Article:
1. Be organized
Make both your life and your preparer’s life easier by maintaining good records of your expenses and other financial matters. For example, sock away in a file or shoe box any receipts you receive throughout the year that may be relevant to your taxes. These might include postage receipts from when you sent off a mailing to clients or a receipt for when you made an energy-efficiency improvement in your home.
Keep track of any miles traveled for work, too — either in a log or with one of many handy apps. After the year ends, total up how much you spent on all relevant categories. Expecting your tax preparer to do so can cost you more, as it will take up more of their time. (You shouldn’t have to provide the preparer with all the receipts, either. You can just give him or her the totals and then keep the receipts in case they’re needed later.)
2. Keep your personal and business affairs separate
Ideally, have separate bank accounts for your personal and business saving and spending. Separate your receipts for business expenses and personal expenses, too. Remember that if you have a home office, it should be a separate place in your home, too — not just a nook in the multipurpose den. The clearer your records are, the more easily (and, typically, more inexpensively) your tax pro can get your taxes done.
3. Alert your tax pro as soon any you receive any notice or letter from the IRS
If the IRS sends you any kind of notice or letter, let your tax professional know about it as soon as possible — and don’t respond to it before you consult with your tax pro. Your pro should have much more experience than you in dealing with such things and can help you respond appropriately. Some pros can even respond for you.
4. Keep in touch with your tax pro
Ideally, you won’t just deal with your tax professional at tax time. Instead, throughout the year, you should alert him or her of any major financial or life events, such as if you get married or divorced, have a child, lose or change a job, become widowed, receive a financial windfall, receive stock options, move, sell or buy a home, retire, and so on.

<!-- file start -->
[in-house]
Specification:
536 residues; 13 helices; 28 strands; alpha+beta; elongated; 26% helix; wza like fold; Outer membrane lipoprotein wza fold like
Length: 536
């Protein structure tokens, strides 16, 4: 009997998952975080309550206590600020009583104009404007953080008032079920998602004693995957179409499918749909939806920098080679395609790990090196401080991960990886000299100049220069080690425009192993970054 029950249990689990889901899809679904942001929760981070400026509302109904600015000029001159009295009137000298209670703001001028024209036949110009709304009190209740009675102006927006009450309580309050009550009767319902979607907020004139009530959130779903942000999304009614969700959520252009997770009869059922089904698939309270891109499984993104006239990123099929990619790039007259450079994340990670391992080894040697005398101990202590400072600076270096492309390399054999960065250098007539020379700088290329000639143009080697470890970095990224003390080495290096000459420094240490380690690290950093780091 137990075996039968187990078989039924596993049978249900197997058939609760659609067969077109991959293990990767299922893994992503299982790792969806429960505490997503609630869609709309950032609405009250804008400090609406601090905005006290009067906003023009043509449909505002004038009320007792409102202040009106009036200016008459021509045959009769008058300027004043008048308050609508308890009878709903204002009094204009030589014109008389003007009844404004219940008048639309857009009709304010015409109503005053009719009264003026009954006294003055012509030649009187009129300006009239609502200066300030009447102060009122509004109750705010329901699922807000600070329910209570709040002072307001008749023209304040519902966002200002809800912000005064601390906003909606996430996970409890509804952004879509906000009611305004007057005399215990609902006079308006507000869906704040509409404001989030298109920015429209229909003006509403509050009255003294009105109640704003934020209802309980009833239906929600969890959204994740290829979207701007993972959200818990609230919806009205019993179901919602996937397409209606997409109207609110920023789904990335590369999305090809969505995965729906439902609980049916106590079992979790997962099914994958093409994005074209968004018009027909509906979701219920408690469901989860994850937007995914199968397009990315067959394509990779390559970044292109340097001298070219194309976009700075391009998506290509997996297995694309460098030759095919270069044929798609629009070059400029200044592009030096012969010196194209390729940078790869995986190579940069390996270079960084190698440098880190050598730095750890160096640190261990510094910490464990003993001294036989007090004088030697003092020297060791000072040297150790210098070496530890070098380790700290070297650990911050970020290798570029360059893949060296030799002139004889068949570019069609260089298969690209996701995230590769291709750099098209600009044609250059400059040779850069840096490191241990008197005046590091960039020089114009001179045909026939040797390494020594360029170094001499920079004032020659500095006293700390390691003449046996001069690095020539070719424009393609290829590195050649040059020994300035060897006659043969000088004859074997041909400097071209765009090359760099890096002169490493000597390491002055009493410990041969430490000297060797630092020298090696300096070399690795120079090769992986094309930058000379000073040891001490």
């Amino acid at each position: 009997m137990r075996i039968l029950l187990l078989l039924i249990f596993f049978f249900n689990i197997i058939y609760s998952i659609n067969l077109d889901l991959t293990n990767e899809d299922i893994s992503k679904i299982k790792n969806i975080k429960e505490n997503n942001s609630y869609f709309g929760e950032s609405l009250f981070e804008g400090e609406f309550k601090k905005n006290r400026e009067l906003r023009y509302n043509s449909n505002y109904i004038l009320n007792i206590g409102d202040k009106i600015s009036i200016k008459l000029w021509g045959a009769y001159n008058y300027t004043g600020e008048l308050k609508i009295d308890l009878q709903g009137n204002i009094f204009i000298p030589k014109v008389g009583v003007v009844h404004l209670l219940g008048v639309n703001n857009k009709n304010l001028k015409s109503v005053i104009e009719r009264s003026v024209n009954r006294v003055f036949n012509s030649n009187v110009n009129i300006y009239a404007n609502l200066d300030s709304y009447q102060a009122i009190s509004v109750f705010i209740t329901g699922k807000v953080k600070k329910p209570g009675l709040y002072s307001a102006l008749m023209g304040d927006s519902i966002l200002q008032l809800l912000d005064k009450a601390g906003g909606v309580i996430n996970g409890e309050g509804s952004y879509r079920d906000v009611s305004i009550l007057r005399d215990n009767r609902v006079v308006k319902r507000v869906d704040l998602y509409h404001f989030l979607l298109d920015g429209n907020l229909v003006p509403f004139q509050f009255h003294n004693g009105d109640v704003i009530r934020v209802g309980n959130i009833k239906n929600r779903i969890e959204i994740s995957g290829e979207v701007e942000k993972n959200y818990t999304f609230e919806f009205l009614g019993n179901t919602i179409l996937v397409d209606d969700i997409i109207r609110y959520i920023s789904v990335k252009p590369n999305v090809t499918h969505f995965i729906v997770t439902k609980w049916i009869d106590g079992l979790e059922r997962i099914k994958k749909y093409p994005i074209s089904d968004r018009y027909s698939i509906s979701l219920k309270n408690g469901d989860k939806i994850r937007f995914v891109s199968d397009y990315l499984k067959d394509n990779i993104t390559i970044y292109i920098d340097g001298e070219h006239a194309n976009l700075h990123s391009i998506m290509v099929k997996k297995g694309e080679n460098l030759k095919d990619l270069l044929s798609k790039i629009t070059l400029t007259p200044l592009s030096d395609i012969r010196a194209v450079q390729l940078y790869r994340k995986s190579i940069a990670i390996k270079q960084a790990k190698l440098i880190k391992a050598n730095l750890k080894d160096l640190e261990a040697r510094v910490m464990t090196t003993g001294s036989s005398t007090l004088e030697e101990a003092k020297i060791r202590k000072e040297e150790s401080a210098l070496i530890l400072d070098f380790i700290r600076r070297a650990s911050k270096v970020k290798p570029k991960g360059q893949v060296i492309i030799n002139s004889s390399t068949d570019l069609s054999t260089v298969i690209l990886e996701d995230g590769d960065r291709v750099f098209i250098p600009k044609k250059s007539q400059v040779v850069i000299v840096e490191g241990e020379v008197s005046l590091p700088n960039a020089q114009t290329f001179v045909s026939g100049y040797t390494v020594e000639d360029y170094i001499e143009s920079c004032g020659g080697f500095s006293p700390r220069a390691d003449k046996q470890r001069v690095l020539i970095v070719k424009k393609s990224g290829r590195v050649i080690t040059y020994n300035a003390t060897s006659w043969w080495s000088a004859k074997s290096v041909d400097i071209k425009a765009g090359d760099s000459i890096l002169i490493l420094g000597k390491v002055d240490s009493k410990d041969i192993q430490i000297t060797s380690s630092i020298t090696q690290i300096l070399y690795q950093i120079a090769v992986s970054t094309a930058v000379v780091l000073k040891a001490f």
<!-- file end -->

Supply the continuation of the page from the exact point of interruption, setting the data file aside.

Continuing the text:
Let him or her know if you’re thinking of taking on a side job, too. A good pro may have some suggestions or strategies for you that can reduce headaches at tax time. For example, some stocks sold midyear for a big gain may result in an extra big tax hit come April, so some warning can help you plan for that.
5. Know that your tax practitioner is a professional
Enrolled Agents want you to know that they’re professionals. Typically, they know the tax code very well, so when you think that you’re asking them a “quick question,” the answer may actually be more complicated than you think. Your friends may have a quick answer to various tax questions, but tax pros will likely have more informed answers — and may also need to crunch some numbers before being able to give you an answer.
Remember that tax laws change, and your friends may not know the latest rules. (The recent tax reform made some major changes to tax law.) When your tax pro asks you a question, they would like a little more detail, too. Instead of just guessing that a certain expense should be the same as it was last year, it’s best if you actually check your records and offer a rather accurate answer.
You want your tax pro to do a great job for you and save you as much money as possible, but for best results, be a great client, too, providing all needed information in an organized and timely manner.